Kuala Lumpur is the capital and the largest city of Malaysia. A former Chinese tin-mining village, KL, as it is popularly known, is now home to a diverse population of people belonging to different ethnicities including Malays, Chinese and Indians. Usually referred to as ‘a melting pot of cultures and traditions’, the city is home to some of the country’s well known religious sites. Read on to know more.
Thean Hou Temple
Located in Lorong Bellamy, Thean Hou Temple is one of the oldest and the largest temples in Kuala Lumpur. Officially opened in 1989, the 6-tiered temple is dedicated to Guan Yin, the Chinese goddess of Mercy. Featuring elements of Taoism, Confucianism and Buddhism, the popular temple is an ideal combination of modern architecture and traditional design. The prayer hall of the temple houses 3 different sculptures of the deity in various forms. Every year thousands of tourists visit the holy shrine to offer prayers to the goddess and seek her blessings.
Sin Sze Si Ya Temple
Located a few miles from Petaling Street, Sin Sze Si Ya Temple is the oldest Taoist structure in Kuala Lumpur. Built in 1864 by Kapitan Yap Ah Loy, the temple is dedicated to the deities of Sin Sze Ya and Si Sze Ya. Today the temple functions as a popular Chinese Cultural Centre in the city with thousands of devotees flocking around during the Chinese New Year. The two hanging carved panels, and several beautiful paintings and sculptures are among the popular attractions at the temple. Interestingly, most tourists visit the shrine for the famous ‘fortune telling sticks’ offered at the main entrance.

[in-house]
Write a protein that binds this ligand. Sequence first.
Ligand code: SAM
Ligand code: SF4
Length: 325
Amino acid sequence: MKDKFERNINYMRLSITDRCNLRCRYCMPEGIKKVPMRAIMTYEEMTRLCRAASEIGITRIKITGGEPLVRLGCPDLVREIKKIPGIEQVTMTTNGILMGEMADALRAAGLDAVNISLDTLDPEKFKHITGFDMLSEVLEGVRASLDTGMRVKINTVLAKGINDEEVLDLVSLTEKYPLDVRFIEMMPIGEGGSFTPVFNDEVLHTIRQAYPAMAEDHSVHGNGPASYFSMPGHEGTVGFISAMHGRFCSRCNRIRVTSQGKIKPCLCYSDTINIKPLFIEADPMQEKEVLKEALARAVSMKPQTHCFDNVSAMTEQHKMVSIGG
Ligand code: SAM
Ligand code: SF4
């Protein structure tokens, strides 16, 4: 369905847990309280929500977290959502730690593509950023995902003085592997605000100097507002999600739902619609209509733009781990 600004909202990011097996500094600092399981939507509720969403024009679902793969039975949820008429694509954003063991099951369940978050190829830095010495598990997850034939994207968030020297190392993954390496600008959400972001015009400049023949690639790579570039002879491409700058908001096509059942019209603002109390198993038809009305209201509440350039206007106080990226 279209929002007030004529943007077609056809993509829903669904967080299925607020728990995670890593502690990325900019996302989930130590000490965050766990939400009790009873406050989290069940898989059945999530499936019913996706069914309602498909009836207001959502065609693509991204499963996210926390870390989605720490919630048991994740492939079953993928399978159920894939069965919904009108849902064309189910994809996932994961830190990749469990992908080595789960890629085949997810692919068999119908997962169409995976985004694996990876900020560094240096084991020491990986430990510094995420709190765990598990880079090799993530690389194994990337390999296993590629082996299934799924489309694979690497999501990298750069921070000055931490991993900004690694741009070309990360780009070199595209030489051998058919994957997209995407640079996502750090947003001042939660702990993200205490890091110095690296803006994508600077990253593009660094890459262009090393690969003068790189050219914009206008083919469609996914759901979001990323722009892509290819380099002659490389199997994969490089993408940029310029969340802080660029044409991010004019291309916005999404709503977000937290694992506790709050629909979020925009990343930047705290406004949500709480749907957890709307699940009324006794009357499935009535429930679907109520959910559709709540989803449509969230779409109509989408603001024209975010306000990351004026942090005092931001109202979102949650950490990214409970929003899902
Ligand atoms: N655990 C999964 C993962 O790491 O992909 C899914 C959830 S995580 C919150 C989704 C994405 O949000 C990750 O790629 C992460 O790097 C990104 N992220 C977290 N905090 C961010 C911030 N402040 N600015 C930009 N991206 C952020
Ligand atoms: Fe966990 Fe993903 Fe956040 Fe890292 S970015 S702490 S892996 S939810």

Chan See Shu Yuen Temple
Located in Jalan Petaling, Chan See Shu Yuen Temple is one of the oldest surviving Buddhist temples in Malaysia. Built between 1897 and 1906, the elaborate structure is known for featuring some of the most beautiful paintings and decorations dating back to the Buddhist Era. The interiors of the temple are packed with gold-painted lions, and dragons and other mythical creatures. The specially crafted terracotta frieze is one unique attraction of the temple.
Sri Mahamariamman Temple
Situated on the edge of the Chinatown, Sri Mahamariamman Temple is the oldest Hindu temple in Kuala Lumpur. Founded in 1873, the popular structure was built in the style of South Indian temple with the ornate ‘Raja Gopuram’ tower. The dramatic 75 ft tall temple is known for featuring a total of 228 idols on the gopuram along with the main prayer hall and a silver chariot. Every year on the occasion of Deepavali, the temple is packed with devotees offering prayers to the lord and seeking his blessings.
Sri Kandaswamy Kovil, Brickfields
Sri Kandaswamy Kovil is one of the most prominent Ceylonese temples in Kuala Lumpur. Built in 1902, the popular structure is dedicated to the Hindu deity, Lord Muruga. The beautifully crafted royal entrance (gopuram) is often referred to by the deities as the distinction between material and spiritual world. Photography and videography is strictly prohibited here.
Originally known as ‘National Museum’, Masjid Negara is a prominent religious site in Kuala Lumpur. Built between 1963 and 1965, the mosque is a symbol of Malaysia’s unity and multi-cultural harmony. Featuring a 73 meter high minaret and a 16 point concrete dome, the popular structure was constructed over a period of 3 years taking inspirations from popular mosques in India, Pakistan, Iran, Turkey and the UAE. The Grand Hall, with verses of Quran engraved, is undoubtedly the most beautiful part of the structure.